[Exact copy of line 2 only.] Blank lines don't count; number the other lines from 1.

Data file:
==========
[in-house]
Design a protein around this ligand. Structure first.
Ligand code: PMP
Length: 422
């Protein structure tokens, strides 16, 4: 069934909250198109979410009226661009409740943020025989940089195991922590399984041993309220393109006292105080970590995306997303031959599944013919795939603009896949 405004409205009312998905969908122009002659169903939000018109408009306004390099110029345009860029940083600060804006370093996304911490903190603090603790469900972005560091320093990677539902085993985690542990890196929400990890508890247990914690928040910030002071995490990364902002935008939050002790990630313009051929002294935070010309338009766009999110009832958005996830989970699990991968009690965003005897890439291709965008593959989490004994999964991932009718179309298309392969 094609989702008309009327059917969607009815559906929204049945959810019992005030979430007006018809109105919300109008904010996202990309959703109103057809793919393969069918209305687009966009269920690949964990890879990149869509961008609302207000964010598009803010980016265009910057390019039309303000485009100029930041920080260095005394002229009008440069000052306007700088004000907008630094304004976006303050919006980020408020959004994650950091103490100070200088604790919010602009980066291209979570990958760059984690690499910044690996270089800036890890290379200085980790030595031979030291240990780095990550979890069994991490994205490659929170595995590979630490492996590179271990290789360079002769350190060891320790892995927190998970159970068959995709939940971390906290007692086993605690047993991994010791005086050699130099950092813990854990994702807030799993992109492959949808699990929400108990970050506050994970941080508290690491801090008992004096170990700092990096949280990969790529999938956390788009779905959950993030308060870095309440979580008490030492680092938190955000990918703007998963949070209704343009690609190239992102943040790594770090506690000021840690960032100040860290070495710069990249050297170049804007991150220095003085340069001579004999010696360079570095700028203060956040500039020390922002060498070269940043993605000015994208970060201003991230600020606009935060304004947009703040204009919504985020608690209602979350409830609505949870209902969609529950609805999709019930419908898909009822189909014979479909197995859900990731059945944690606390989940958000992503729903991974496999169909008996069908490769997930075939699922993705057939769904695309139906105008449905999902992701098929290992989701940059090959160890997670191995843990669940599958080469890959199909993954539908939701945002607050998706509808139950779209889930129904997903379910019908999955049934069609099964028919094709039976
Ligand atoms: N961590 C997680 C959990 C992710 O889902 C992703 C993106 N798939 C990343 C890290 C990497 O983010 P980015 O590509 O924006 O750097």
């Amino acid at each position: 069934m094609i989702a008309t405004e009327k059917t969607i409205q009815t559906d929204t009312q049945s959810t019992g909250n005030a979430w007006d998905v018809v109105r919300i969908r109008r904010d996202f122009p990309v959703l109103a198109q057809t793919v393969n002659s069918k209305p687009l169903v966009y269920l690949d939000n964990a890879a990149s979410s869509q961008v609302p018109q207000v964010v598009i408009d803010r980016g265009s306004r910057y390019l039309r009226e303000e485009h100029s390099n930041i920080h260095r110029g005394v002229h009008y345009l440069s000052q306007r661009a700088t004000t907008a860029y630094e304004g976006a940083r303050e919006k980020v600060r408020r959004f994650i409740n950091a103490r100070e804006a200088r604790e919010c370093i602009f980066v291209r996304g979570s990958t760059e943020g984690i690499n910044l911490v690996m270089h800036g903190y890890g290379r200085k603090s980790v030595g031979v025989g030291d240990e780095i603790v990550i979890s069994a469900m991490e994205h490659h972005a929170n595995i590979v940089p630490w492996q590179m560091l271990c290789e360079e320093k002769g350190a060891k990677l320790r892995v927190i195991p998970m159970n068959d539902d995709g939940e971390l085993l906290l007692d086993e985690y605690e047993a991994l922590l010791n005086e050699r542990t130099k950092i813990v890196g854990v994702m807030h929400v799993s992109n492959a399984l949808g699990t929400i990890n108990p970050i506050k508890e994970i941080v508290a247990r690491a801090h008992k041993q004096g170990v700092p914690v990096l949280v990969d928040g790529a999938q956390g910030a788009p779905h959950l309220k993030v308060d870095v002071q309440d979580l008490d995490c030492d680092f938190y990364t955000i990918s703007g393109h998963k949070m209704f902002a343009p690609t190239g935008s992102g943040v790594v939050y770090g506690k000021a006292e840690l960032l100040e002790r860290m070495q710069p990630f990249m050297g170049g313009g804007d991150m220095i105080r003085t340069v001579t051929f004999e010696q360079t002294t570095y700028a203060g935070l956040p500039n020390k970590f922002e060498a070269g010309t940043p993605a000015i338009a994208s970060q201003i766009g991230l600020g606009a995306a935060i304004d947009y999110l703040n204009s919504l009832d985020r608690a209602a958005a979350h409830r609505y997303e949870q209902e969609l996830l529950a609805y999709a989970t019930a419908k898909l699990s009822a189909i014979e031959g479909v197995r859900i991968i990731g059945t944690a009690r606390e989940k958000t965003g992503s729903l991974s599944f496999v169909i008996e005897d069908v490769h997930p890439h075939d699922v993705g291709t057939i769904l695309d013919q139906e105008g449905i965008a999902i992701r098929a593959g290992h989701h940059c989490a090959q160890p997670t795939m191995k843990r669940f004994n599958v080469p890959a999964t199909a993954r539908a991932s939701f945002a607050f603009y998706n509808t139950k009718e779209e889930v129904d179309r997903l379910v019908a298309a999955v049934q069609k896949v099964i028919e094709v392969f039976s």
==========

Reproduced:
Design a protein around this ligand. Structure first.